Microfluidic organ-on-chip technology for blood-brain barrier research.

van der Helm MW, van der Meer AD, Eijkel JC, van den Berg A, Segerink LI - Tissue Barriers (2016)

Anatomy of the neurovascular unit. A brain capillary comprised of specialized brain endothelial cells forms the blood-brain barrier (BBB). This capillary is surrounded by basal lamina (basement membrane), pericytes and astrocytic end-feet. Also microglia and neurons are in close contact with the BBB. Adapted by permission from Macmillan Publishers Ltd: Nature Reviews Neuroscience, ref. 4, copyright 2006.
© Copyright Policy - open-access
Related In: Results  -  Collection

License
Show All Figures
getmorefigures.php?uid=PMC4836466&req=5

f0001: Anatomy of the neurovascular unit. A brain capillary comprised of specialized brain endothelial cells forms the blood-brain barrier (BBB). This capillary is surrounded by basal lamina (basement membrane), pericytes and astrocytic end-feet. Also microglia and neurons are in close contact with the BBB. Adapted by permission from Macmillan Publishers Ltd: Nature Reviews Neuroscience, ref. 4, copyright 2006.
Mentions: The BBB is part of a larger structure: the neurovascular unit (NVU), consisting of endothelial cells forming the capillary, pericytes, glial cells and neuronal cells, as well as their associated extracellular matrix proteins.1 The NVU anatomy is shown in Figure 1. The brain capillaries are comprised of tightly linked endothelial cells surrounded by pericytes and a basement membrane (30 to 40 nm thick lamina of a.o. collagen IV, laminin and fibronectin).2 The microvessel is also surrounded by astrocytic end-feet and in close contact with microglia and neurons. All these elements have important roles in the formation, maturation and maintenance of the BBB.2,4Figure 1.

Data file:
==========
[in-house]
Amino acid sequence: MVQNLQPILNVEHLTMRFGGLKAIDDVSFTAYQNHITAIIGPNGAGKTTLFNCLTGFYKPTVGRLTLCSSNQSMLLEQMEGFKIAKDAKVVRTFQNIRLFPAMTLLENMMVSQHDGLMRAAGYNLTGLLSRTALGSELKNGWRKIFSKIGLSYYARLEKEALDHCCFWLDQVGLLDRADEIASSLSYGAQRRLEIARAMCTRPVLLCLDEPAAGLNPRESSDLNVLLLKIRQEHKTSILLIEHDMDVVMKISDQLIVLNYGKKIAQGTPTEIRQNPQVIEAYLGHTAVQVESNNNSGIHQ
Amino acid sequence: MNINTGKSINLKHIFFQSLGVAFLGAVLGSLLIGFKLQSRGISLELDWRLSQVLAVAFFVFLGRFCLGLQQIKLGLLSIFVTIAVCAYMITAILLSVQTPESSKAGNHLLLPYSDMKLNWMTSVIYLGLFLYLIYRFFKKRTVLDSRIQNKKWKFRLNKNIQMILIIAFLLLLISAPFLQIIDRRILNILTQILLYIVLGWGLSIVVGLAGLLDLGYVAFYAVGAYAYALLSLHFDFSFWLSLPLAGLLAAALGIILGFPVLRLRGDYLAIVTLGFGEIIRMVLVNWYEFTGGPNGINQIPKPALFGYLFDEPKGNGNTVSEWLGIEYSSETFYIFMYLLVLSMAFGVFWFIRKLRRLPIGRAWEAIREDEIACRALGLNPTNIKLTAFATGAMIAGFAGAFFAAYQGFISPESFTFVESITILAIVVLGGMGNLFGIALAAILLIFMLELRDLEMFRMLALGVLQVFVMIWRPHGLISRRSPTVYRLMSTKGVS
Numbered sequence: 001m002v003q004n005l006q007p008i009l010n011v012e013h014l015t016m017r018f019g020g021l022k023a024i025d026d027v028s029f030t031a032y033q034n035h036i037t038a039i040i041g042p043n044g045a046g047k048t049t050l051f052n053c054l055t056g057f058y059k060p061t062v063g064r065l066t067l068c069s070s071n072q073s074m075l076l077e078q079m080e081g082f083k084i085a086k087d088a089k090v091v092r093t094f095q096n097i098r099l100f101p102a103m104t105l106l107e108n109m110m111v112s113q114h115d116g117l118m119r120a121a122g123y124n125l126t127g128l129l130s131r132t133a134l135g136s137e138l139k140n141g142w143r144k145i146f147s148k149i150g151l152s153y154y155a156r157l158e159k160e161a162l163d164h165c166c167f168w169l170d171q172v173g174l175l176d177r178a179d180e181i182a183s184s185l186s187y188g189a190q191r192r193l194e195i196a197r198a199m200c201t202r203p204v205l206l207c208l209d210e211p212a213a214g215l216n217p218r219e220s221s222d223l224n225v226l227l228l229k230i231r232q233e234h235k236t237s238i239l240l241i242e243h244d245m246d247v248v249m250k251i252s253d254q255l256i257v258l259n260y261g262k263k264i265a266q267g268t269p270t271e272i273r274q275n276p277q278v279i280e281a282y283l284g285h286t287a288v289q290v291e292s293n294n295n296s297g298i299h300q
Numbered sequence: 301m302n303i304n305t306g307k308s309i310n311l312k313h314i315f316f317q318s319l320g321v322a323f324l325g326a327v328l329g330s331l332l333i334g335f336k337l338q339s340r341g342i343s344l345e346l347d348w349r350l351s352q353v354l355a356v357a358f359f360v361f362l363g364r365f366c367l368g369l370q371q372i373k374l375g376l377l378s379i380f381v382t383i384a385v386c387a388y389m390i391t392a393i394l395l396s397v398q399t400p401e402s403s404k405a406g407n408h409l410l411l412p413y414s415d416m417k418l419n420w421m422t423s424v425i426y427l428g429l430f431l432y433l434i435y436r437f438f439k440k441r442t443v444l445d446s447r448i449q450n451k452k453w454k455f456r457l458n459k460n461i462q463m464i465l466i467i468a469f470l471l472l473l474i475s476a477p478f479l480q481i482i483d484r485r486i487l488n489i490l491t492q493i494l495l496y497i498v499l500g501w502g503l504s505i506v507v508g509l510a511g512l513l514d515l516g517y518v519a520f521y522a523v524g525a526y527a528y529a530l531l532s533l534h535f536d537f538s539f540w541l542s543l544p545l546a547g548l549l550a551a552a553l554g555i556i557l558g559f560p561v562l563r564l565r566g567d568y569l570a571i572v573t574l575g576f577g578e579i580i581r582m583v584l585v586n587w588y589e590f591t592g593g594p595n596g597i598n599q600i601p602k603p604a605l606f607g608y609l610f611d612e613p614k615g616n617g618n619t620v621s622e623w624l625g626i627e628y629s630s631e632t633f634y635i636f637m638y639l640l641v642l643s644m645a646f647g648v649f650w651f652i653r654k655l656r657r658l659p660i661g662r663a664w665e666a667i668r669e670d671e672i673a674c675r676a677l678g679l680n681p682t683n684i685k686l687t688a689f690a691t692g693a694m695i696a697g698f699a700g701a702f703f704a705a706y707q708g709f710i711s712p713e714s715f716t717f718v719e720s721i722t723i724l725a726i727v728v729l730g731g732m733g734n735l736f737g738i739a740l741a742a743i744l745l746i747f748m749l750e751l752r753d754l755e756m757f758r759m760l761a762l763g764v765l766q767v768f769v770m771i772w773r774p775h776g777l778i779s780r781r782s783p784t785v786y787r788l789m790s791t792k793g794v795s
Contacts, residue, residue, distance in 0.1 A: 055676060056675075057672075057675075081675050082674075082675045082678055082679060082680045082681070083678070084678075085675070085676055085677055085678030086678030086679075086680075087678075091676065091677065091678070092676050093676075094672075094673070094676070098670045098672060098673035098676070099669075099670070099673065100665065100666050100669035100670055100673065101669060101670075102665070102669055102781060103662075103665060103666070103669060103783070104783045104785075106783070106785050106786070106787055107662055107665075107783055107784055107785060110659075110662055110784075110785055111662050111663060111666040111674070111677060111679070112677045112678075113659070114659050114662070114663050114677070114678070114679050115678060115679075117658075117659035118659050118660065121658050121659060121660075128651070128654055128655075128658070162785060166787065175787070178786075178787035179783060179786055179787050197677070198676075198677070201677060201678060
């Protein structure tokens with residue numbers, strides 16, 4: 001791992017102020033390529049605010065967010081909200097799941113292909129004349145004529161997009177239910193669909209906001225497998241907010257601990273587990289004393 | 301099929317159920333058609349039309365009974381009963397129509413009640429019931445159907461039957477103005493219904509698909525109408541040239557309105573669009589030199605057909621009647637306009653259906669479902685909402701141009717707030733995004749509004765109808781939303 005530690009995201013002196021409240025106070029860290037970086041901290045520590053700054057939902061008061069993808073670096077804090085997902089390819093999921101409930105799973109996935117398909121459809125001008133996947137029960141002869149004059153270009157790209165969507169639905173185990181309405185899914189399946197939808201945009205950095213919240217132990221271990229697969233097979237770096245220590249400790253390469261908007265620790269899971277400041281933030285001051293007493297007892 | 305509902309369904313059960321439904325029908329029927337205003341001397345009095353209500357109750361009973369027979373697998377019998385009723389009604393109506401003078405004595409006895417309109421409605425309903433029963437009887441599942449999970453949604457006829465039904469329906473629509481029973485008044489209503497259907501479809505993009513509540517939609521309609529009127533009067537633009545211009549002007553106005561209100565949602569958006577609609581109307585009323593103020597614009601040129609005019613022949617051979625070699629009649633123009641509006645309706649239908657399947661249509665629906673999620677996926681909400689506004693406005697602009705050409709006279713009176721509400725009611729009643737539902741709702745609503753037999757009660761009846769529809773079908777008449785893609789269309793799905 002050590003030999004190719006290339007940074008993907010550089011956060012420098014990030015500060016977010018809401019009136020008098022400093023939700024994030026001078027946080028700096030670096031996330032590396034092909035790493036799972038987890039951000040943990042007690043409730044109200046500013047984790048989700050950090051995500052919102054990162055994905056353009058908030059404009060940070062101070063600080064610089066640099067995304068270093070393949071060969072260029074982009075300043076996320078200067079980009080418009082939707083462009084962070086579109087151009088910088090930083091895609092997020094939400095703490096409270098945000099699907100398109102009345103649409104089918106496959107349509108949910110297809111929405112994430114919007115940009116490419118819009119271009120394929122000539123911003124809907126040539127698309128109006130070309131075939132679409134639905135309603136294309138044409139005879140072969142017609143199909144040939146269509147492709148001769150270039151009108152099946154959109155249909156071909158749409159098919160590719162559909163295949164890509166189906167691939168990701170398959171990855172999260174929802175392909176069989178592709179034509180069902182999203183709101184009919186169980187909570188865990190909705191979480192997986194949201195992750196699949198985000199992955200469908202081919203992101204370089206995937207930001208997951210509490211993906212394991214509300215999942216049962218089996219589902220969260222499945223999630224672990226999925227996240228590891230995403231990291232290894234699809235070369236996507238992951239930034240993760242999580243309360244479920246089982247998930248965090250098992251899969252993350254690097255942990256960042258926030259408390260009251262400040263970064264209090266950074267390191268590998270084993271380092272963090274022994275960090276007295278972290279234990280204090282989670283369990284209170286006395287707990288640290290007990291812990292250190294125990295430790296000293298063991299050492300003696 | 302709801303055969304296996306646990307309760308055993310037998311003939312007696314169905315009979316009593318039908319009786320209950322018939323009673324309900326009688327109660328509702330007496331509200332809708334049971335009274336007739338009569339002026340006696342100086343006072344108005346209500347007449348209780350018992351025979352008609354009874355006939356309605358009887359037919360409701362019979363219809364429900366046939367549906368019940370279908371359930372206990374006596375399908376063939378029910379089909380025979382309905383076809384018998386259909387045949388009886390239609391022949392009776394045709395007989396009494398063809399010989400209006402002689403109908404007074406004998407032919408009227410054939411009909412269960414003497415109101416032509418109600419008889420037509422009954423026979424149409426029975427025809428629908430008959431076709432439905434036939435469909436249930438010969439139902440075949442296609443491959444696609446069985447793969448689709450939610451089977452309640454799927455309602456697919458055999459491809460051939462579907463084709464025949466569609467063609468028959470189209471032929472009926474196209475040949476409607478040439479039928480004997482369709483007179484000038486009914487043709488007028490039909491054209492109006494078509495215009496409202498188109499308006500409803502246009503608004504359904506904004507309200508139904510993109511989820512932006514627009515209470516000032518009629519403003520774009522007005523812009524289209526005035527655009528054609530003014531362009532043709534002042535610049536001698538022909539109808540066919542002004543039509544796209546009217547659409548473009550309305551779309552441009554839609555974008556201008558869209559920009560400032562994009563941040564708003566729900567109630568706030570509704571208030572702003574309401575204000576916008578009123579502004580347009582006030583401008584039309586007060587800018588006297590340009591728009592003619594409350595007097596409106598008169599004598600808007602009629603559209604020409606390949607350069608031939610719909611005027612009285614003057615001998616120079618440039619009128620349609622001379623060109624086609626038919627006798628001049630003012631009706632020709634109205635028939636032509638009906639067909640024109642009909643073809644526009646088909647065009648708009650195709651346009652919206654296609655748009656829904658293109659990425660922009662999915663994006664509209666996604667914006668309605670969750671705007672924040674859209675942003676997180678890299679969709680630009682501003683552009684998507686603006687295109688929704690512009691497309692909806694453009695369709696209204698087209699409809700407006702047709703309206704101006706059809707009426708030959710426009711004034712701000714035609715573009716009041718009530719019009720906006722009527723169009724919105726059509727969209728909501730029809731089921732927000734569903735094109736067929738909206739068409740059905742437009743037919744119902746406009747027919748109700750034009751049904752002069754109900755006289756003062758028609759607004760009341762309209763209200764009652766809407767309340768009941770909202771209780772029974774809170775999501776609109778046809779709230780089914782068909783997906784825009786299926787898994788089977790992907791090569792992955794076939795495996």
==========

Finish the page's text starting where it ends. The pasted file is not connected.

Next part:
Bottom Line: Microfluidic BBBs-on-chips enable real-time study of (human) cells in an engineered physiological microenvironment, for example incorporating small geometries and fluid flow as well as sensors.This limits the potential for direct comparison of the performance of different BBB-on-chip models to each other and existing models.We give recommendations for further standardization in model characterization and conclude that the rapidly emerging field of BBB-on-chip models holds great promise for further studies in BBB biology and drug development.

View Article: PubMed Central - PubMed

Affiliation: BIOS Lab on a Chip group, MIRA Institute for Biomedical Technology and Technical Medicine & MESA+ Institute for Nanotechnology, University of Twente ; Enschede, The Netherlands.

ABSTRACT
Organs-on-chips are a new class of microengineered laboratory models that combine several of the advantages of current in vivo and in vitro models. In this review, we summarize the advances that have been made in the development of organ-on-chip models of the blood-brain barrier (BBBs-on-chips) and the challenges that are still ahead. The BBB is formed by specialized e3ndothelial cells and separates blood from brain tissue. It protects the brain from harmful compounds from the blood and provides homeostasis for optimal neuronal function. Studying BBB function and dysfunction is important for drug development and biomedical research. Microfluidic BBBs-on-chips enable real-time study of (human) cells in an engineered physiological microenvironment, for example incorporating small geometries and fluid flow as well as sensors. Examples of BBBs-on-chips in literature already show the potential of more realistic microenvironments and the study of organ-level functions. A key challenge in the field of BBB-on-chip development is the current lack of standardized quantification of parameters such as barrier permeability and shear stress. This limits the potential for direct comparison of the performance of different BBB-on-chip models to each other and existing models. We give recommendations for further standardization in model characterization and conclude that the rapidly emerging field of BBB-on-chip models holds great promise for further studies in BBB biology and drug development.

No MeSH data available.